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Legal Citation with the 10th edition of the McGill Guide

This guide provides an introduction to legal citation in Canada.

How to Cite a Case - Pattern #2 (With CanLII Citation)

The case has a CanLII citation (and no neutral citation): the citation pattern to use

CITATION ELEMENTS: style of cause, CanLII citation, pinpoint [if required], jurisdiction and court, short form [if required].

EXAMPLE: Dickson v Royal Bank of Canada, 1975 CanLII 148 (SCC).

Let's examine each part of the citation for a case with a CanLII citation to understand how it is constructed:

1. Style of Cause

The considerations are identical to a case with a neutral citation.

example:  Dickson v Royal Bank of Canada

2. CanLII Citation

Use the CanLII citation in cases where the issuing court has not assigned a neutral citation. If you do not know what a CanLII citation looks like, see the explanation given here.

example: Dickson v Royal Bank of Canada, 1975 CanLII 148

3. Pinpoint [if required]

Include a pinpoint if you are citing to a particular passage in the judgment. Use the page or paragraph numbers assigned by CanLII so long as they are displayed in HTML form on the web browser.

example:  Dickson v Royal Bank of Canada, 1975 CanLII 148 at 836.

Since the CanLII version of this case indicates page numbers, we use the page number (836) as the pinpoint citation.

Note: If the version displayed by CanLII on the web browser does not have paragraph or page numbers, then you should not use CanLII as your main citation. Instead, you should use an alternative source that contains page/paragraph numbers as your main citation, and you may use CanLII as your parallel citation (see Pattern #3). In these cases, the CanLII version often contains a link to a PDF version of a print reporter with page/paragraph numbers that may be used as your main citation.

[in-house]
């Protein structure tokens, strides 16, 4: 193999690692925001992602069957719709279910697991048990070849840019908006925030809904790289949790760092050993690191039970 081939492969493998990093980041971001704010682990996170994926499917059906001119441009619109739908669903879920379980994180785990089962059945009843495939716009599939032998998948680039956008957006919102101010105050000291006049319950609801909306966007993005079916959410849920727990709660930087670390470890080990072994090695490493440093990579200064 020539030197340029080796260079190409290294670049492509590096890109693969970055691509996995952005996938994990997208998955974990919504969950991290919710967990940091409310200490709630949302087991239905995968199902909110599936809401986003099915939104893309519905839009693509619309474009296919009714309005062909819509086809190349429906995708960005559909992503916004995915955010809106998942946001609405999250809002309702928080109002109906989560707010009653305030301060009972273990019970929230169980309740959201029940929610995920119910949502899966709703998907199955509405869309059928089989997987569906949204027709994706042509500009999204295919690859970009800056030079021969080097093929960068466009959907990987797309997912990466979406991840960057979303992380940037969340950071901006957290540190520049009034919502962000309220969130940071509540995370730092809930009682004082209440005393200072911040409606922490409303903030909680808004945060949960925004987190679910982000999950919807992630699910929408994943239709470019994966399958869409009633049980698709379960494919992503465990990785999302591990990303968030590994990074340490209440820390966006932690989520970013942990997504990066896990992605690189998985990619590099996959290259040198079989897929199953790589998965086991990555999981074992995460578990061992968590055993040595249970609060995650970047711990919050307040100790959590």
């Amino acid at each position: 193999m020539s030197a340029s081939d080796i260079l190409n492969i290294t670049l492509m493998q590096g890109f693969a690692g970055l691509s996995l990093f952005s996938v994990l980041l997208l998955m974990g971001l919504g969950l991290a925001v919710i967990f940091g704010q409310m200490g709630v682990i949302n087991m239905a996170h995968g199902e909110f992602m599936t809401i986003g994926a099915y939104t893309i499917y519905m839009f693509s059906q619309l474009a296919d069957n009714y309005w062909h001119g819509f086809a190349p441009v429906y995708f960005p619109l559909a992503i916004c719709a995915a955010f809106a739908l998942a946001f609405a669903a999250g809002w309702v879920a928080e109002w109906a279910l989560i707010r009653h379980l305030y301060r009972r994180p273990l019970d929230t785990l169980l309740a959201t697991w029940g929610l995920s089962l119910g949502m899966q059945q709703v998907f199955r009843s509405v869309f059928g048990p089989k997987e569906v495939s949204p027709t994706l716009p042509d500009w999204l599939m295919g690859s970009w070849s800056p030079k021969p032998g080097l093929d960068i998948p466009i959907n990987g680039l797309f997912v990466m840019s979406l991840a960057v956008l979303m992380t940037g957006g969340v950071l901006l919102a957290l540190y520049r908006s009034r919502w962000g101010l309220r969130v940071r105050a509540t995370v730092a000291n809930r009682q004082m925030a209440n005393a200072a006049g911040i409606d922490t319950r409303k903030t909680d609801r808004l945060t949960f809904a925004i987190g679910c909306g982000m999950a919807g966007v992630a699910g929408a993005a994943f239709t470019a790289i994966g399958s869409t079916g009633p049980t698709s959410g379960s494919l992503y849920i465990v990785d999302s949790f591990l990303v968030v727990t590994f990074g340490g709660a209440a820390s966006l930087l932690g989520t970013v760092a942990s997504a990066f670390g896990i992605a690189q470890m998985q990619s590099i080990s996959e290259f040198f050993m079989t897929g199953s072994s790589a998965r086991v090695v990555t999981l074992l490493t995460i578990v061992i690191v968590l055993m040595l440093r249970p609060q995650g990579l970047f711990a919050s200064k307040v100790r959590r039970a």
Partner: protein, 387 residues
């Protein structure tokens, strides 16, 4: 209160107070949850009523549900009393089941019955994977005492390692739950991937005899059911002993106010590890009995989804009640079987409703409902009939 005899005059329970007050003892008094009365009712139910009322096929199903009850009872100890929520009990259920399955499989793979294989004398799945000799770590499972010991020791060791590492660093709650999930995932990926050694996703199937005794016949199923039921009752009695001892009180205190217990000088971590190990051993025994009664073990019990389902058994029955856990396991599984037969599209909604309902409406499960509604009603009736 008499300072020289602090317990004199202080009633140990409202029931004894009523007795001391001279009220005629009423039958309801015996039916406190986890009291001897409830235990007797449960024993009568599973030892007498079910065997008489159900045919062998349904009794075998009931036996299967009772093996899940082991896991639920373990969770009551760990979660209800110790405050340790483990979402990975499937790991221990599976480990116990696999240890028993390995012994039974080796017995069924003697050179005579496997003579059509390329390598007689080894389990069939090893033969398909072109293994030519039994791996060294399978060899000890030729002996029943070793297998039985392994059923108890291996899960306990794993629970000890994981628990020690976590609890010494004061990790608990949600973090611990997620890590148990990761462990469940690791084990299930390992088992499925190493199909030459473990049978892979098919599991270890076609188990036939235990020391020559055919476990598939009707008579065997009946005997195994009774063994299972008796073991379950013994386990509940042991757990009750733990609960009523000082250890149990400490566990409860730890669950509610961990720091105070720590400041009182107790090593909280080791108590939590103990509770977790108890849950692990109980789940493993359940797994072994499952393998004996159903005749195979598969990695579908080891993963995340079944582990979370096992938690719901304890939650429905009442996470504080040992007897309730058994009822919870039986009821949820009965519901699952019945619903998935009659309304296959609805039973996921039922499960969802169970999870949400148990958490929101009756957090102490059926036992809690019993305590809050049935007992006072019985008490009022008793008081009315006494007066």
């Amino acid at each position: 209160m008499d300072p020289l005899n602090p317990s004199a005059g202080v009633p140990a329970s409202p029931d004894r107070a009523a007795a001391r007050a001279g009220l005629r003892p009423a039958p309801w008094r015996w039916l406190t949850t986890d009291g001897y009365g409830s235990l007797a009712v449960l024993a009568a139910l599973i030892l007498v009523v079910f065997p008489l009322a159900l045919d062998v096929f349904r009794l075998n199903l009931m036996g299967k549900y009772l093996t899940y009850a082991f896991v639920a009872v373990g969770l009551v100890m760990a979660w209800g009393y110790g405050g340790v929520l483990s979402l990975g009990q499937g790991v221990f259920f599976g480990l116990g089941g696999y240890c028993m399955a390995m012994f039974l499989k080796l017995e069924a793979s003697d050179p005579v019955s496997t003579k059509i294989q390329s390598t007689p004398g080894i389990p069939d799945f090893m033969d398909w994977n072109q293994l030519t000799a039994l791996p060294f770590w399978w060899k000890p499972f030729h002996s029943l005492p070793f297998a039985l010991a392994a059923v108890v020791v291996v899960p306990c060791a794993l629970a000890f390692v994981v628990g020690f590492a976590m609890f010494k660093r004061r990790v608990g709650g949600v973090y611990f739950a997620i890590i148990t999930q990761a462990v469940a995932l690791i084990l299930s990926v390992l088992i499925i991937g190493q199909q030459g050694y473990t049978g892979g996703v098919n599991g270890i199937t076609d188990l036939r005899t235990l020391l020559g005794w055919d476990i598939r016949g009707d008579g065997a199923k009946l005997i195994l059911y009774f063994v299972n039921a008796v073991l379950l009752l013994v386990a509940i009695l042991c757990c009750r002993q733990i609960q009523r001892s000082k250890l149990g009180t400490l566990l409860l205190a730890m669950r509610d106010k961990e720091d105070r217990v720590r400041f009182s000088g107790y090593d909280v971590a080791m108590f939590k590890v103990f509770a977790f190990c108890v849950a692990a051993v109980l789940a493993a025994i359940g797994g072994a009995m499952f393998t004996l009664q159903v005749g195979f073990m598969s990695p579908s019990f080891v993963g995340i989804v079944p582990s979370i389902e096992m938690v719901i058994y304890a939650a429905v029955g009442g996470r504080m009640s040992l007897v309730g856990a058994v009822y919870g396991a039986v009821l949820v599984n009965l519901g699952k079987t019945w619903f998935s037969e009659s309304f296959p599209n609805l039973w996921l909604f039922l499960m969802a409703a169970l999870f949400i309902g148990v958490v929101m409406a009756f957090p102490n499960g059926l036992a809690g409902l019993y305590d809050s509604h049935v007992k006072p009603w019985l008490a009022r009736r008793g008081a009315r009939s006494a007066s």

4. Jurisdiction and Court

A case citation should always indicate both the jurisdiction and court level. Neutral citations take care of this requirement, but for cases without a neutral citation (such as CanLII citations), you need to add this information in parentheses at the end of the citation.

Use the abbreviations found in the McGill Guide at Appendix A-1 (for jurisdictions) and B (for courts). Do not include the jurisdiction if it is evident from the abbreviation for the court (e.g., SCC, FC).

example: Dickson v Royal Bank of Canada, 1975 CanLII 148 (SCC).

Since the CanLII citation does not indicate the jurisdiction or court, both should be added. According to the appendices, the Supreme Court of Canada is abbreviated to SCC.  As the jurisdiction is evident from the abbreviation for this court (the second ‘C’ in the abbreviation stands for ‘Canada’), it does not need to be added separately.

5. Short Form [if required]

A short form is required only when there are further references to the case in your work. If there are no further references to the case in your work, a short form should not be used. See Chapter 1.4 of the McGill Guide, 10th edition for the rules on establishing and using short forms.

example: Dickson v Royal Bank of Canada, 1975 CanLII 148 (SCC) [Dickson].